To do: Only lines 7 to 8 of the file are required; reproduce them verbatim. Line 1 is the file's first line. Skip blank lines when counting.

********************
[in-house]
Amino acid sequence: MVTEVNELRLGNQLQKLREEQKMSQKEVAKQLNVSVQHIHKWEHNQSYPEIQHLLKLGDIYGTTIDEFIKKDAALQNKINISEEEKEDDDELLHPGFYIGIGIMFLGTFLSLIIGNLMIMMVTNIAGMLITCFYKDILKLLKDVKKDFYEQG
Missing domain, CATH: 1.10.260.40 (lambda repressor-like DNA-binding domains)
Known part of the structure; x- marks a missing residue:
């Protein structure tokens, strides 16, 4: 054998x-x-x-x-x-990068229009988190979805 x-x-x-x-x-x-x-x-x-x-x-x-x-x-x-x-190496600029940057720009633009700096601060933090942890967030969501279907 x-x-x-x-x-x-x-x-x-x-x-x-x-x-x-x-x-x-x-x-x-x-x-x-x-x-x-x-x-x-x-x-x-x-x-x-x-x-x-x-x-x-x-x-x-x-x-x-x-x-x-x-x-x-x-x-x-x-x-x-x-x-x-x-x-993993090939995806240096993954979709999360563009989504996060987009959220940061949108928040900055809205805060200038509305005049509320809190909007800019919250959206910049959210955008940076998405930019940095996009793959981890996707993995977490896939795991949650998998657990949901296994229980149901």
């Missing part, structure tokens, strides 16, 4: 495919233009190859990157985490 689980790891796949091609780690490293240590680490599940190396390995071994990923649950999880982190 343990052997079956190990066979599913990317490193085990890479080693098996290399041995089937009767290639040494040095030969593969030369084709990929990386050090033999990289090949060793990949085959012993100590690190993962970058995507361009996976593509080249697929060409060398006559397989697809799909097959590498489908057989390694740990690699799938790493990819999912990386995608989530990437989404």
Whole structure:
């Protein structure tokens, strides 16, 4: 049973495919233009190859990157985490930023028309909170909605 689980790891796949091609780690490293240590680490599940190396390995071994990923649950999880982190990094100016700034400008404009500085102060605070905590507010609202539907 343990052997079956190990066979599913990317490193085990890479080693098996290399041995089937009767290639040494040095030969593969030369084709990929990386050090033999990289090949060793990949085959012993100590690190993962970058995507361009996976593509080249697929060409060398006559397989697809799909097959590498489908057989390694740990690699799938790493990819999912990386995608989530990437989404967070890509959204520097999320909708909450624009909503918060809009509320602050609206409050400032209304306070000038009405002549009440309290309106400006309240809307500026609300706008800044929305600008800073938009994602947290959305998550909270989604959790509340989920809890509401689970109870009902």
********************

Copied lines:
Whole structure:
């Protein structure tokens, strides 16, 4: 049973495919233009190859990157985490930023028309909170909605 689980790891796949091609780690490293240590680490599940190396390995071994990923649950999880982190990094100016700034400008404009500085102060605070905590507010609202539907 343990052997079956190990066979599913990317490193085990890479080693098996290399041995089937009767290639040494040095030969593969030369084709990929990386050090033999990289090949060793990949085959012993100590690190993962970058995507361009996976593509080249697929060409060398006559397989697809799909097959590498489908057989390694740990690699799938790493990819999912990386995608989530990437989404967070890509959204520097999320909708909450624009909503918060809009509320602050609206409050400032209304306070000038009405002549009440309290309106400006309240809307500026609300706008800044929305600008800073938009994602947290959305998550909270989604959790509340989920809890509401689970109870009902």